After a house showing and an unexpected trip to the vet this evening, here are six slightly belated sentences for Sunday, June 29:
I am so sorry. Really and heartily, I am.
I’m sorry that my wretched life was ever twined with his. I’m sorry he clambered into my house under the pretense of friendship and I’m sorry that my husband trusted him and I’m sorry that he crept into the dark yearning garden that night and held me down until my lungs ached, until my legs stopped thrashing and I lay still.
Is that right?
Is that what I was supposed to say?
I am the first to acknowledge, often with no small amount of righteous indignation, that Microsoft Word’s spelling and grammar checker often doesn’t know what the hell it’s doing. But recently, I’ve been having a fight with Word that is so perplexing to me that I’ve actually begun to doubt myself.
Below is a list of sentences from something I’m working on. Word tells me they’re all fragments, and politely suggests I consider revising them. They may not be perfect sentences, but none of them, as far as I can tell, is actually a fragment. At first I thought the problem was that I’m using made up names the dictionary doesn’t recognize as nouns, but I changed each instance of “Wyn” to “Jane” and that didn’t make any difference. I know I’m not the number one grammar guru in the world, but this has become a persistent issue in this document, and I can’t for the life of me figure out what the grammar checker is seeing that I’m not. Any thoughts?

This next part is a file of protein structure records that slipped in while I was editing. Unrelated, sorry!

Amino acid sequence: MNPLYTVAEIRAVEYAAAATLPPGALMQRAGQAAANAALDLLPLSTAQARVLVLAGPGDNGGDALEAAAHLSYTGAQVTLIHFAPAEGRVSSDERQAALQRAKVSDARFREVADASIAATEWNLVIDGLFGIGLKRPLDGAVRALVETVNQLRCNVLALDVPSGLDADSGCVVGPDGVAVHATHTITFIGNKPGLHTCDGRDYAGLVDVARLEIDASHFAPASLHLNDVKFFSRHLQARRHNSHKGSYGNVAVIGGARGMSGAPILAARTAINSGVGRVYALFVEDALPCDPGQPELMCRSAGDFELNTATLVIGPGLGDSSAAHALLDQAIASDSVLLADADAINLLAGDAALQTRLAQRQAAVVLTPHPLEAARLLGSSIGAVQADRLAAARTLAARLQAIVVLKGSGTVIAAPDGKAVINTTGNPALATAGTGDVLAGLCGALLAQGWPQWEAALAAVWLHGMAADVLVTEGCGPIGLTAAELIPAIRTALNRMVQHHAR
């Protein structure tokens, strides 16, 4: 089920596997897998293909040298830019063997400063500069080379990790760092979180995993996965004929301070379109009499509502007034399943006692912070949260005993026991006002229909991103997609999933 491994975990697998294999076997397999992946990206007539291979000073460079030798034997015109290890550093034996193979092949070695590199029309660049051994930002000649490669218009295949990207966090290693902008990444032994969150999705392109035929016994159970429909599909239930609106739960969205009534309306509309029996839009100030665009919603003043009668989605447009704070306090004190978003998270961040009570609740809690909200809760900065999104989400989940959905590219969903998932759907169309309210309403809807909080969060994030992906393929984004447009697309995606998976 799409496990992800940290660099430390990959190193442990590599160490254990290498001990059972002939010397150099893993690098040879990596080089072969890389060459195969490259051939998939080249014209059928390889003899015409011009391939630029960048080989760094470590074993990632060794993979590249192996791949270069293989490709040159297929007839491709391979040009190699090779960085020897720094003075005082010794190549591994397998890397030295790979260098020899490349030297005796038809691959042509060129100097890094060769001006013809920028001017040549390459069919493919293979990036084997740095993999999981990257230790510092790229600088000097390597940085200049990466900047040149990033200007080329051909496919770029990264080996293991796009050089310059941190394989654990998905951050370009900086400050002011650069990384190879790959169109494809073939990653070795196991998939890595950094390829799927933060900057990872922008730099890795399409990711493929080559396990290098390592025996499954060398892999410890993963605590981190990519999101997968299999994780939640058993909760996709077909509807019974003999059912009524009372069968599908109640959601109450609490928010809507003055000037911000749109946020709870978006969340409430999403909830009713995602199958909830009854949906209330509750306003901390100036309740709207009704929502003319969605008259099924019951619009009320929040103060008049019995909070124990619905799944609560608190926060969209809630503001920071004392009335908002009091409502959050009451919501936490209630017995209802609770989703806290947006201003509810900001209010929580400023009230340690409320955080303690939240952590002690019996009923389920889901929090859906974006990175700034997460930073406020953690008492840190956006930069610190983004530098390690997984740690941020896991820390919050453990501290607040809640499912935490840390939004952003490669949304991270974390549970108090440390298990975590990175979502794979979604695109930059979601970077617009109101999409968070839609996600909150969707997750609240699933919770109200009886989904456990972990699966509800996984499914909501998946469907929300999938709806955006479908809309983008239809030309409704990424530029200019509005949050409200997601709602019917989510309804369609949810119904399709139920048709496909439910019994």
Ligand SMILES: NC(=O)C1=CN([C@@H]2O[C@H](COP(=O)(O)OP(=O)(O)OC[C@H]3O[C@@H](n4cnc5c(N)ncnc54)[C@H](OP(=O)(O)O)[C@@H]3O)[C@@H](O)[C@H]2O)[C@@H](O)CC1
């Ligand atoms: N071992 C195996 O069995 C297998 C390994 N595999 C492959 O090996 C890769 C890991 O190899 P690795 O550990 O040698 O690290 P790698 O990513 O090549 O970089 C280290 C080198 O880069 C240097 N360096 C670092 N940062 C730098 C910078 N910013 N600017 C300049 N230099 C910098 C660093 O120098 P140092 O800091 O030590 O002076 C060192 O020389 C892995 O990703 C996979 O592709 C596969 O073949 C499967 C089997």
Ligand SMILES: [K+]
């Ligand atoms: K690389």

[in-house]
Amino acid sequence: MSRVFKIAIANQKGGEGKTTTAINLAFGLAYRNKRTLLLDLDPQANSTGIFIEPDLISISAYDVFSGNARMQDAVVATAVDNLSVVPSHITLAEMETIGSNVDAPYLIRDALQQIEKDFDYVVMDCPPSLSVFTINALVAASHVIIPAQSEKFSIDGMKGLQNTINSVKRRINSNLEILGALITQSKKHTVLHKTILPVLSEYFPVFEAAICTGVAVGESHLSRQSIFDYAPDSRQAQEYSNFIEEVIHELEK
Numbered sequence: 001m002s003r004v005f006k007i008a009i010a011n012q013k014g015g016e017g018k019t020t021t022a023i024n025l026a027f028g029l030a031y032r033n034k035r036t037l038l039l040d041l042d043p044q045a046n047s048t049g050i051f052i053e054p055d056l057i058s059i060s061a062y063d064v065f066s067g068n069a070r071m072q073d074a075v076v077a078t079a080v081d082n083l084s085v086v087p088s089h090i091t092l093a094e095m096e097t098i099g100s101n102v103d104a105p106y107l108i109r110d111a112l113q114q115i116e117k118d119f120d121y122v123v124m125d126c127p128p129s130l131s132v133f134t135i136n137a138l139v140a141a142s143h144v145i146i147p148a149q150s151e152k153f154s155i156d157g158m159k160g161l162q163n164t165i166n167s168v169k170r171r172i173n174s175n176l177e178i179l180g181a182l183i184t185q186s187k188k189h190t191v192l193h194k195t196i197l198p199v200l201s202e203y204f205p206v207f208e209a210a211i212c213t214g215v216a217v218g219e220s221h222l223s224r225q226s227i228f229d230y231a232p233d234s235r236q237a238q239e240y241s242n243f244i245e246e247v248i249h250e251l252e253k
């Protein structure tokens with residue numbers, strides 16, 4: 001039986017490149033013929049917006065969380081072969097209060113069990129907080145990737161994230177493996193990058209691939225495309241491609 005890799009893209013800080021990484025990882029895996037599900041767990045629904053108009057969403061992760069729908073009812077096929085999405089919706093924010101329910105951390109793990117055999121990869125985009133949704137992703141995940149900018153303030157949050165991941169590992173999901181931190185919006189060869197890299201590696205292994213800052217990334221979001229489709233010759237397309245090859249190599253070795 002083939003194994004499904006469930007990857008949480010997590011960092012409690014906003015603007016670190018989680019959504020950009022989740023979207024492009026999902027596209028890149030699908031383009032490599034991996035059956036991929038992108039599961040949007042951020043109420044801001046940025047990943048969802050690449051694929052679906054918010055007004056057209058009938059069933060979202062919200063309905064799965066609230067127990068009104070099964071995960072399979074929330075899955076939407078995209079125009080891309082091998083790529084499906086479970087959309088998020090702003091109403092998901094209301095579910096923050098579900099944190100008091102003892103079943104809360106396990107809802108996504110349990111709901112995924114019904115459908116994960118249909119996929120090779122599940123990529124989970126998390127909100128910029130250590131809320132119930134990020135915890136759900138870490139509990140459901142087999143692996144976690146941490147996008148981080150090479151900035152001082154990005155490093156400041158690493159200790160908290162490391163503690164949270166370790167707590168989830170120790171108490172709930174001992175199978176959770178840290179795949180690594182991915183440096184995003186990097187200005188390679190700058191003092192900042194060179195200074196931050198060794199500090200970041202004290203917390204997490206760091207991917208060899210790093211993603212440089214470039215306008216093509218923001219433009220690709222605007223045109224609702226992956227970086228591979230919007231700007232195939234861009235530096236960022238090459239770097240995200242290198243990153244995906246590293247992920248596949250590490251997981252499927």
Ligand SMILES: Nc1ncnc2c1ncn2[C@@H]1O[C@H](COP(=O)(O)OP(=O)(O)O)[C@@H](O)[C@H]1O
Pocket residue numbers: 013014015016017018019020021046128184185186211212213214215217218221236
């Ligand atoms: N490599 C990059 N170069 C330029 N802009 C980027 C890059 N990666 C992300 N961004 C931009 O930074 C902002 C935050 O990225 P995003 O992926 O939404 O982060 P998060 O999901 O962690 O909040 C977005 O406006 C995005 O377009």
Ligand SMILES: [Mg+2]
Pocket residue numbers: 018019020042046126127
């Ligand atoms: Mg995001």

Only a couple of hours late, six sentences for Sunday, June 22:
We ride in a van with its windows blacked out. Every judder over every pothole is magnified. Time seems to stretch out, though the journey is not far. Nobody quite looks anybody in the eye. We are not competitors, quite, but neither are we friends.
There are twelve of us this year.
I’m a bit late in announcing this, but The Golden Key recently released its fourth issue, and it’s full of amazing writing about hungry things! Go check it out!
Six sentences for Sunday, June 8:
I spend my first night back in a motel just off the highway, the room is crisp with recycled air. I shove the nylon coverlet onto the floor and watch TV with the volume on mute until I can sleep. It takes a long time. My body’s still vibrating from the road—eight hours with hardly any stops. This is why people get married, to have someone to spell them on long drives, to have another body in the bed. It must be almost morning by the time I finally drop off.